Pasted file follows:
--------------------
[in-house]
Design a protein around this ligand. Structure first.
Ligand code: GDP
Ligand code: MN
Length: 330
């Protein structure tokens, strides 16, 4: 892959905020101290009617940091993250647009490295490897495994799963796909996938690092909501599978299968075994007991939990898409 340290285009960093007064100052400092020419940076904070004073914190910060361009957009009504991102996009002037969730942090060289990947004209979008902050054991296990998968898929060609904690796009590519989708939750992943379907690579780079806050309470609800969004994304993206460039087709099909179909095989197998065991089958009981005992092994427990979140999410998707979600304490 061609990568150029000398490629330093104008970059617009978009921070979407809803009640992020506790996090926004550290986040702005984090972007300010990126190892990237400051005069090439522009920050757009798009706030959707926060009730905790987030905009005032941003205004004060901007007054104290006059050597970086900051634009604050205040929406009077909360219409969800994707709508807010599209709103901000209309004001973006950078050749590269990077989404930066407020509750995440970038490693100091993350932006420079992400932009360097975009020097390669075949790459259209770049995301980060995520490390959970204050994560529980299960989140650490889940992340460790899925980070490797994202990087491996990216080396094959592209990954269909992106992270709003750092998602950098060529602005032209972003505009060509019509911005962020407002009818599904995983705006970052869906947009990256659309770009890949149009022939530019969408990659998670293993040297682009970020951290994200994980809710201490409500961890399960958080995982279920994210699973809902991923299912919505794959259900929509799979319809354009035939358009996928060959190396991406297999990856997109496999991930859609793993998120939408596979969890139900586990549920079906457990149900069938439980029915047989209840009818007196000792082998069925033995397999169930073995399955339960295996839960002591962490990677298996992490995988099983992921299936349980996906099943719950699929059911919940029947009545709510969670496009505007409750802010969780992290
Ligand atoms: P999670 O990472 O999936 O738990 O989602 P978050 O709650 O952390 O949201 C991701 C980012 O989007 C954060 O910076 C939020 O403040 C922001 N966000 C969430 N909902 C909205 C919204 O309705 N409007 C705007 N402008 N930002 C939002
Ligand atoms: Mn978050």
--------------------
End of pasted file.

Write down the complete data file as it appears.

[in-house]
Design a protein around this ligand. Structure first.
Ligand code: GDP
Ligand code: MN
Length: 330
């Protein structure tokens, strides 16, 4: 892959905020101290009617940091993250647009490295490897495994799963796909996938690092909501599978299968075994007991939990898409 340290285009960093007064100052400092020419940076904070004073914190910060361009957009009504991102996009002037969730942090060289990947004209979008902050054991296990998968898929060609904690796009590519989708939750992943379907690579780079806050309470609800969004994304993206460039087709099909179909095989197998065991089958009981005992092994427990979140999410998707979600304490 061609990568150029000398490629330093104008970059617009978009921070979407809803009640992020506790996090926004550290986040702005984090972007300010990126190892990237400051005069090439522009920050757009798009706030959707926060009730905790987030905009005032941003205004004060901007007054104290006059050597970086900051634009604050205040929406009077909360219409969800994707709508807010599209709103901000209309004001973006950078050749590269990077989404930066407020509750995440970038490693100091993350932006420079992400932009360097975009020097390669075949790459259209770049995301980060995520490390959970204050994560529980299960989140650490889940992340460790899925980070490797994202990087491996990216080396094959592209990954269909992106992270709003750092998602950098060529602005032209972003505009060509019509911005962020407002009818599904995983705006970052869906947009990256659309770009890949149009022939530019969408990659998670293993040297682009970020951290994200994980809710201490409500961890399960958080995982279920994210699973809902991923299912919505794959259900929509799979319809354009035939358009996928060959190396991406297999990856997109496999991930859609793993998120939408596979969890139900586990549920079906457990149900069938439980029915047989209840009818007196000792082998069925033995397999169930073995399955339960295996839960002591962490990677298996992490995988099983992921299936349980996906099943719950699929059911919940029947009545709510969670496009505007409750802010969780992290
Ligand atoms: P999670 O990472 O999936 O738990 O989602 P978050 O709650 O952390 O949201 C991701 C980012 O989007 C954060 O910076 C939020 O403040 C922001 N966000 C969430 N909902 C909205 C919204 O309705 N409007 C705007 N402008 N930002 C939002
Ligand atoms: Mn978050």